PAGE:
22. Basu, Susanto & Fernald, John G, 1997. "Returns to Scale in U.S. Production: Estimates and Implications," Journal of Political Economy, University of Chicago Press, vol. 105(2), pages 249-283, April.
    23. White, Halbert, 1980. "A Heteroskedasticity-Consistent Covariance Matrix Estimator and a Direct Test for Heteroskedasticity," Econometrica, Econometric Society, vol. 48(4), pages 817-838, May.
    24. Susanto Basu & John Fernald, 2001. "Why Is Productivity Procyclical? Why Do We Care?," NBER Chapters,in: New Developments in Productivity Analysis, pages 225-302 National Bureau of Economic Research, Inc.
    25. Dufwenberg, Martin & Koskenkyla, Heikki & Sodersten, Jan, 1994. " Manufacturing Investment and Taxation in the Nordic Countries," Scandinavian Journal of Economics, Wiley Blackwell, vol. 96(3), pages 443-461.
    26. Costello, Donna M, 1993. "A Cross-Country, Cross-Industry Comparison of Productivity Growth," Journal of Political Economy, University of Chicago Press, vol. 101(2), pages 207-222, April.
    27. Wilson, Daniel J., 2000. "Estimating Returns to Scale: Lo, Still No Balance," Journal of Macroeconomics, Elsevier, vol. 22(2), pages 285-314, April.
    28. Newey, Whitney & West, Kenneth, 2014. "A simple, positive semi-definite, heteroscedasticity and autocorrelation consistent covariance matrix," Applied Econometrics, Publishing House "SINERGIA PRESS", vol. 33(1), pages 125-132.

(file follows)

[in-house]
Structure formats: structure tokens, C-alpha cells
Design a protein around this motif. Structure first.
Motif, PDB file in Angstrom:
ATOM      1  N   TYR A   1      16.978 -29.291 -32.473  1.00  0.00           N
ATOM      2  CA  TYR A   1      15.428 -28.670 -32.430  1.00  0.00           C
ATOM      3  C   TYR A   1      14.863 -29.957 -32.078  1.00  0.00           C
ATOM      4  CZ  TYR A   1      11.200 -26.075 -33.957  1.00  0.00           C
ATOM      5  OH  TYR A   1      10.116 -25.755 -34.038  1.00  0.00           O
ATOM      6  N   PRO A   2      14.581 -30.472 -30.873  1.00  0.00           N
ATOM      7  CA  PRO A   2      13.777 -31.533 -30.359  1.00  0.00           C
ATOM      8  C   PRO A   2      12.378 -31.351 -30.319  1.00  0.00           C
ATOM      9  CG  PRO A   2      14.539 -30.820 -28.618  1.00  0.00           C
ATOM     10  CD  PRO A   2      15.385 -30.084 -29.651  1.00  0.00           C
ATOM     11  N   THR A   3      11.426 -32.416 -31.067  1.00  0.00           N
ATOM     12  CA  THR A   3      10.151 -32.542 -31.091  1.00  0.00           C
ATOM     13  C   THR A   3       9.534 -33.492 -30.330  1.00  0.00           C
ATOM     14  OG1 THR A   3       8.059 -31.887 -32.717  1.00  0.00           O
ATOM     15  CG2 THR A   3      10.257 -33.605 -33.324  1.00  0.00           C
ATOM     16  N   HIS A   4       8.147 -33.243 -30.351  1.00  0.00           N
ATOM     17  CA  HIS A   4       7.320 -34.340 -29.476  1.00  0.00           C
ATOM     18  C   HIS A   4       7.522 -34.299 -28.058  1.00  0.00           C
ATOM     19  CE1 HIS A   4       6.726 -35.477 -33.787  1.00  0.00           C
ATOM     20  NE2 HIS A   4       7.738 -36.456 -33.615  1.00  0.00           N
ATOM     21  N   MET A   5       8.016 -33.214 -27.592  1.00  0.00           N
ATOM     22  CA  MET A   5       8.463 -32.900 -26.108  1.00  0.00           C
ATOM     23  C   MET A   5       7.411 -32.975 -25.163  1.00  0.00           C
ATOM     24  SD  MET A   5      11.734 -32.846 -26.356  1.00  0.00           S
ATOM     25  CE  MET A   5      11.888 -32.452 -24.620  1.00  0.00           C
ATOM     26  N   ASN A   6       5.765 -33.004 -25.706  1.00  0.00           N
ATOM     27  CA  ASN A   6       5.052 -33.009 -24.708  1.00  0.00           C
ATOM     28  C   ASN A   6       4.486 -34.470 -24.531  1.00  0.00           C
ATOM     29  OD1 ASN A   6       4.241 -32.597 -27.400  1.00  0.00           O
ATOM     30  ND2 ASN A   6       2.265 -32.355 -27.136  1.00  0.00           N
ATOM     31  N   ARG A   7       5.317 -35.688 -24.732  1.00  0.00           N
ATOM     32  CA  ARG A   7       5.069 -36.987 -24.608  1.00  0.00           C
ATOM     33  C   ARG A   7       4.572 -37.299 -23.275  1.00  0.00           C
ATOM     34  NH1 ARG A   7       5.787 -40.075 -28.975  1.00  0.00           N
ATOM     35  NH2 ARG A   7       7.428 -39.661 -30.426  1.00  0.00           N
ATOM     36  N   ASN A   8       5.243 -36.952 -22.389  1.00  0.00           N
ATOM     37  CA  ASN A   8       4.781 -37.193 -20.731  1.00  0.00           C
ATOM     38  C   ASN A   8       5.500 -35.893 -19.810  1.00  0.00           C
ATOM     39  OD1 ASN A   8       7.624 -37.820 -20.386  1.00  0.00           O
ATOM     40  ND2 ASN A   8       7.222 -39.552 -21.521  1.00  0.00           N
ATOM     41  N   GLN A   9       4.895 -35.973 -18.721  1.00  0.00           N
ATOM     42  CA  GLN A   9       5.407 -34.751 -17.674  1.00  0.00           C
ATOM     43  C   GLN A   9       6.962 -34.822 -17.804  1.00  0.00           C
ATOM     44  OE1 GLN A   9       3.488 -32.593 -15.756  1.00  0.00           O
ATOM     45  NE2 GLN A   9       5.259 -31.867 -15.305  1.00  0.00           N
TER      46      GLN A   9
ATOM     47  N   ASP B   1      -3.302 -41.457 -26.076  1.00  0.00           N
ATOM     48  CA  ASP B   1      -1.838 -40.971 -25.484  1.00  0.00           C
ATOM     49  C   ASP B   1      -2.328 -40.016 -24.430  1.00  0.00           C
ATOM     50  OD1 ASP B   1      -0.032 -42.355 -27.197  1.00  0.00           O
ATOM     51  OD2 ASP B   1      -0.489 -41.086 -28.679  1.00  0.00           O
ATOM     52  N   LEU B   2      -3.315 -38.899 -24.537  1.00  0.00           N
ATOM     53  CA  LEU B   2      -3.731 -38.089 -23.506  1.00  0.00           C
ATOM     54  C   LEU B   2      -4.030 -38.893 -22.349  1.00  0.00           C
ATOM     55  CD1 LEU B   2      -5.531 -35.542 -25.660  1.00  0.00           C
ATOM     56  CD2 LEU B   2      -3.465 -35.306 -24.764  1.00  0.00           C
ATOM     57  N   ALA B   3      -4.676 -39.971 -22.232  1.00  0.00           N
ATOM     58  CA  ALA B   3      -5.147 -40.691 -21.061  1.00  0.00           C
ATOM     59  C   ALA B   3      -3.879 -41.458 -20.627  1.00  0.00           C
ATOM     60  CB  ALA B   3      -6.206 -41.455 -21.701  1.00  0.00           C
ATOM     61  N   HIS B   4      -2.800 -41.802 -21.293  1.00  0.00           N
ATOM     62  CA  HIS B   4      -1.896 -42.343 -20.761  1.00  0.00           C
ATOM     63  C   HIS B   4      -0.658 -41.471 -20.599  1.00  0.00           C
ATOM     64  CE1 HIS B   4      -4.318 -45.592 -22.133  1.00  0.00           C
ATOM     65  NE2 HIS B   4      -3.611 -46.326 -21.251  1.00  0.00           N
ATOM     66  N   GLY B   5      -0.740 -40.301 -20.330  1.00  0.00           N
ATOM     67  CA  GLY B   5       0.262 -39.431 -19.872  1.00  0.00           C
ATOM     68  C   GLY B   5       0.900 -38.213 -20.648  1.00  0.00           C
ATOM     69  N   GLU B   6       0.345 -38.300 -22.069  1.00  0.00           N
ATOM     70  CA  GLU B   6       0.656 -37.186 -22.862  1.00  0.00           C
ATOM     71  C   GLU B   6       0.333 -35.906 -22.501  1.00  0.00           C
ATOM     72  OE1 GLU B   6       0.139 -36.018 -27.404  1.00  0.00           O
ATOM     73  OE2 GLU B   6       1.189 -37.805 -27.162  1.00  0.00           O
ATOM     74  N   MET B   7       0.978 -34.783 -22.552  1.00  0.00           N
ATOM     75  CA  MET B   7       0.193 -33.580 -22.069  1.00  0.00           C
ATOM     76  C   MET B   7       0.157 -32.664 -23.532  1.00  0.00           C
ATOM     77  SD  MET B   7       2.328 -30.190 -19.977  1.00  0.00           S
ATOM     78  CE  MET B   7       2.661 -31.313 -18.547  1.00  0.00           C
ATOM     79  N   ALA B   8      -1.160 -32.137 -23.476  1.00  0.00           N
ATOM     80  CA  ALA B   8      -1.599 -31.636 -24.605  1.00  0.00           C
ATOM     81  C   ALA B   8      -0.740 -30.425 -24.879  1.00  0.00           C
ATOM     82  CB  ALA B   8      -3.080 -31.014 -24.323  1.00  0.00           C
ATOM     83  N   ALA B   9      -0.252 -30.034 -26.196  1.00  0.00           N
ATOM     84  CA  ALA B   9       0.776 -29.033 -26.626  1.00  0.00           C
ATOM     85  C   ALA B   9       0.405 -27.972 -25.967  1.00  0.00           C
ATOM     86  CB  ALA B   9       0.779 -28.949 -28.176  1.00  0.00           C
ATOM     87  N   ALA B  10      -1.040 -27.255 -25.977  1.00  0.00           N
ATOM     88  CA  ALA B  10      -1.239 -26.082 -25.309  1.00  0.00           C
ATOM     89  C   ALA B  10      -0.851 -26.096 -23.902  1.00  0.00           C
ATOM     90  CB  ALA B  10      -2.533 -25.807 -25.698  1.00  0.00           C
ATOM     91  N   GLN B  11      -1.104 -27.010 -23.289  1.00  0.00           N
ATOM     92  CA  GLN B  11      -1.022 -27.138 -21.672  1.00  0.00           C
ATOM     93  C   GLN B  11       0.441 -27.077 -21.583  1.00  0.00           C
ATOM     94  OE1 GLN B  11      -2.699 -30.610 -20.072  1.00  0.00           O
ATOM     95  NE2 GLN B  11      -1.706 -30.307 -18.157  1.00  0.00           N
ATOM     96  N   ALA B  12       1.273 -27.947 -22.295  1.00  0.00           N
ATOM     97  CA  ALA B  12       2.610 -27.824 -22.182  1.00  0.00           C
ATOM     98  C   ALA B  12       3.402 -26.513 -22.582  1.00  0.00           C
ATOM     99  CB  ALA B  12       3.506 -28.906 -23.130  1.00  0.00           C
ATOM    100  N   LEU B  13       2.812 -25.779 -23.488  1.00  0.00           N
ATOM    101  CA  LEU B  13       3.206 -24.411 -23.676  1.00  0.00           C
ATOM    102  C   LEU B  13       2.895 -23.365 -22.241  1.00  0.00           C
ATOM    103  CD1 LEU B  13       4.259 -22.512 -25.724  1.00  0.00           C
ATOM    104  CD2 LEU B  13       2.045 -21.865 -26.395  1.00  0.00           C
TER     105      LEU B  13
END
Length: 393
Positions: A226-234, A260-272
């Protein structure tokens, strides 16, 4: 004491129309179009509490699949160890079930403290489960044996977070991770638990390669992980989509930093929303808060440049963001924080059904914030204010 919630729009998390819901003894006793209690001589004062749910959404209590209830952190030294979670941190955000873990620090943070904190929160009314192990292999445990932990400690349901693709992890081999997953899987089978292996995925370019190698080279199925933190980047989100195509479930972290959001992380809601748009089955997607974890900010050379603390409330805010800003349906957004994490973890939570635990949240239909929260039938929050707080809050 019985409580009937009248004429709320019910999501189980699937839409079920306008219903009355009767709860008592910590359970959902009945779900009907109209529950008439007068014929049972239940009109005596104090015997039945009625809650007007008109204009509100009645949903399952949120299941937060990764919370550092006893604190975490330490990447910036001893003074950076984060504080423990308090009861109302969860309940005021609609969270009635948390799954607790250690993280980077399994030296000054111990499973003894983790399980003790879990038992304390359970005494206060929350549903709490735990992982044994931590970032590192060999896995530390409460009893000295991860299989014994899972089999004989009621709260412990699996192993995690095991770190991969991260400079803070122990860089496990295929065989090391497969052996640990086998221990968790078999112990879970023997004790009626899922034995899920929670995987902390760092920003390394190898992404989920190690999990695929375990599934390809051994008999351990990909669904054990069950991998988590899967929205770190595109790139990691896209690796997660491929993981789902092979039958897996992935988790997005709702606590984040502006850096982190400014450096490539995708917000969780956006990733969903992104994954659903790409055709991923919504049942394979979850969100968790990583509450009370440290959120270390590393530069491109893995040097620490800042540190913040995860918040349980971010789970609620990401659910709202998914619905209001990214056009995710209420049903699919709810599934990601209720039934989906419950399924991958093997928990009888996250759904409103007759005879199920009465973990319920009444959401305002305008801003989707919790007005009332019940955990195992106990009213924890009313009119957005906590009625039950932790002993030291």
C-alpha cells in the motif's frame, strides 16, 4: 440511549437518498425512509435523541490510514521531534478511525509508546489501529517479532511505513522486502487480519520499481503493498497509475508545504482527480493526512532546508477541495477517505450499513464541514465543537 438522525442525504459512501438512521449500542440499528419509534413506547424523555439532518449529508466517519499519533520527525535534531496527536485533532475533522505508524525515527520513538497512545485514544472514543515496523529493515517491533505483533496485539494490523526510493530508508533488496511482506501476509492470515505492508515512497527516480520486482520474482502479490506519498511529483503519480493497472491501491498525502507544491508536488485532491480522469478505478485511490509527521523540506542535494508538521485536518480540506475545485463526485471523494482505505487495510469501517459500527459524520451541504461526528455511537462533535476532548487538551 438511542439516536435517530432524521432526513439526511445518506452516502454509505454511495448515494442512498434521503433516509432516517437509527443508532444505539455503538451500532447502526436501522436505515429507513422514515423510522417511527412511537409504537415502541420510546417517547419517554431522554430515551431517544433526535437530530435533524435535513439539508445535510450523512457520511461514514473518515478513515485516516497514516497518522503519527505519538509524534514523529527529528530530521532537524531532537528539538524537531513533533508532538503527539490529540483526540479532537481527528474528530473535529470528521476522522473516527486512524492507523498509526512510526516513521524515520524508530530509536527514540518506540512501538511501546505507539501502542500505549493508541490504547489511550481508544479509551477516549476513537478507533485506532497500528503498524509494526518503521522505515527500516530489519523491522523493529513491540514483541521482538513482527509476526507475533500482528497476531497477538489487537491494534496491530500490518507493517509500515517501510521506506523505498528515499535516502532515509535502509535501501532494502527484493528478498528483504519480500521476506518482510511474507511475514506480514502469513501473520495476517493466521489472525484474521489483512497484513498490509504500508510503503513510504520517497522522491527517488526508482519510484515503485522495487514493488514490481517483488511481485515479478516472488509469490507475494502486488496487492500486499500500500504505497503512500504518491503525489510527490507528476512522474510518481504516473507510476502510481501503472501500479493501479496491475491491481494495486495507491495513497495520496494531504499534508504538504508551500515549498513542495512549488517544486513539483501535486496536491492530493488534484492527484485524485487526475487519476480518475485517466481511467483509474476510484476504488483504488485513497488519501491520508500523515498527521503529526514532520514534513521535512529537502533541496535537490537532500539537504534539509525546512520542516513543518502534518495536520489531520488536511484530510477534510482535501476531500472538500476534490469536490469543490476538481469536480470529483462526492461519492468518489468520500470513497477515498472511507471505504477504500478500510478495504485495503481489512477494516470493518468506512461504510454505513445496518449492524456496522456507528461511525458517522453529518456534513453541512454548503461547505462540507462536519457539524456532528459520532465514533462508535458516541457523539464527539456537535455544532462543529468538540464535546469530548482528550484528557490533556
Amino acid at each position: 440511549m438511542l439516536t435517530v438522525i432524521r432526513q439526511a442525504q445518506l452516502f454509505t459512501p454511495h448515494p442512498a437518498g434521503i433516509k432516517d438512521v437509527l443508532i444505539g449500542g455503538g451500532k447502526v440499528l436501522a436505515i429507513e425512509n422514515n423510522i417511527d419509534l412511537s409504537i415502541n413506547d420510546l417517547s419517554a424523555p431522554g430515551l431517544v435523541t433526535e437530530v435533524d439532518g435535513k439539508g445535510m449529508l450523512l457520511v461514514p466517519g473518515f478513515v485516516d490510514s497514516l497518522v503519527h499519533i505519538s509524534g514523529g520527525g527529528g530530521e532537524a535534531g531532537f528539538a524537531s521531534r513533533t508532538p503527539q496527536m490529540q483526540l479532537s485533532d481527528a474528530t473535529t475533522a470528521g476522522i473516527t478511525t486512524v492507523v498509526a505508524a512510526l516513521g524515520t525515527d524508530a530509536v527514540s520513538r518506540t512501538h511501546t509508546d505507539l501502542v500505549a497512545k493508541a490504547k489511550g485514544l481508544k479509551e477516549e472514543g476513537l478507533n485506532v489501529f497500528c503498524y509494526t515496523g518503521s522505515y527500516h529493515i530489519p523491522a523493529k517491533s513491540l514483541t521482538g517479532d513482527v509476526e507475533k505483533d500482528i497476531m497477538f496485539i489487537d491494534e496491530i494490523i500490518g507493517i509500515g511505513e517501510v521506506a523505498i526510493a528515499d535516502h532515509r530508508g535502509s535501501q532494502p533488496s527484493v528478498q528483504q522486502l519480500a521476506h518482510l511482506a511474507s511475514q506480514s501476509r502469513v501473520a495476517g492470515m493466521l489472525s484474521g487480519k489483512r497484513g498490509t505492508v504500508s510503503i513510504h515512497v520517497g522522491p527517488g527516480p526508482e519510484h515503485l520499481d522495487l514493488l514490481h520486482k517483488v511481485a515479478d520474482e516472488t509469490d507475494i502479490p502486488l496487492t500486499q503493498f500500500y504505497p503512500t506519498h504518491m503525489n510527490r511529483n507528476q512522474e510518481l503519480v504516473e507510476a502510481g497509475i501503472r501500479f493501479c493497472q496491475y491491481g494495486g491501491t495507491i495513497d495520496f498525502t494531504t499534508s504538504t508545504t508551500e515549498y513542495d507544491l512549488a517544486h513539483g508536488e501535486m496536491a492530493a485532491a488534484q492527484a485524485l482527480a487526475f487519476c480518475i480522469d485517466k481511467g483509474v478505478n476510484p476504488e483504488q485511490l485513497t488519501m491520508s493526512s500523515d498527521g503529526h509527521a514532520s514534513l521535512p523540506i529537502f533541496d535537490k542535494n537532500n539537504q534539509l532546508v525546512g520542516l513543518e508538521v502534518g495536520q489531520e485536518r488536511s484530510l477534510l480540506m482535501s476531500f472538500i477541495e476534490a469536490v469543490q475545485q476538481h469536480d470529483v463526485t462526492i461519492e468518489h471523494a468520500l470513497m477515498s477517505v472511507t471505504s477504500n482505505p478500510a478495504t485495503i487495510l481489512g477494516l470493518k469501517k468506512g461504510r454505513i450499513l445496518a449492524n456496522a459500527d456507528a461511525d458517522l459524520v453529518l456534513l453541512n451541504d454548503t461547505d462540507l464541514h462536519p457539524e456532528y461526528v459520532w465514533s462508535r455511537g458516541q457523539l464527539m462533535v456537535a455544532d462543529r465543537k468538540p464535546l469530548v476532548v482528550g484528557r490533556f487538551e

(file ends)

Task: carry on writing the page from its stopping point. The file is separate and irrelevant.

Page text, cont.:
29. John Shea, 1997. "Instrument Relevance in Multivariate Linear Models: A Simple Measure," The Review of Economics and Statistics, MIT Press, vol. 79(2), pages 348-352, May.
    30. Burnside, Craig & Eichenbaum, Martin & Rebelo, Sergio, 1993. "Labor Hoarding and the Business Cycle," Journal of Political Economy, University of Chicago Press, vol. 101(2), pages 245-273, April.
    31. Burnside, Craig, 1996. "Production function regressions, returns to scale, and externalities," Journal of Monetary Economics, Elsevier, vol. 37(2-3), pages 177-201, April.
    Full references (including those not matched with items on IDEAS)


    Citations are extracted by the CitEc Project, subscribe to its RSS feed for this item.

    Cited by:

    1. Åslund, Olof & Böhlmark, Anders & Nordström Skans, Oskar, 2009. "Age at migration and social integration," Working Paper Series 2009:21, IFAU - Institute for Evaluation of Labour Market and Education Policy.
    2. Brian Bell & Stephen Machin, 2012. "The Crime – Immigration Nexus: Evidence from Recent Research," ifo DICE Report, ifo Institute - Leibniz Institute for Economic Research at the University of Munich, vol. 10(1), pages 48-54, 04.
    3. Verena Dill & Uwe Jirjahn & Georgi Tsertsvadze, 2015. "Residential Segregation and Immigrants’ Satisfaction with the Neighborhood in Germany," Social Science Quarterly, Southwestern Social Science Association, vol. 96(2), pages 354-368, June.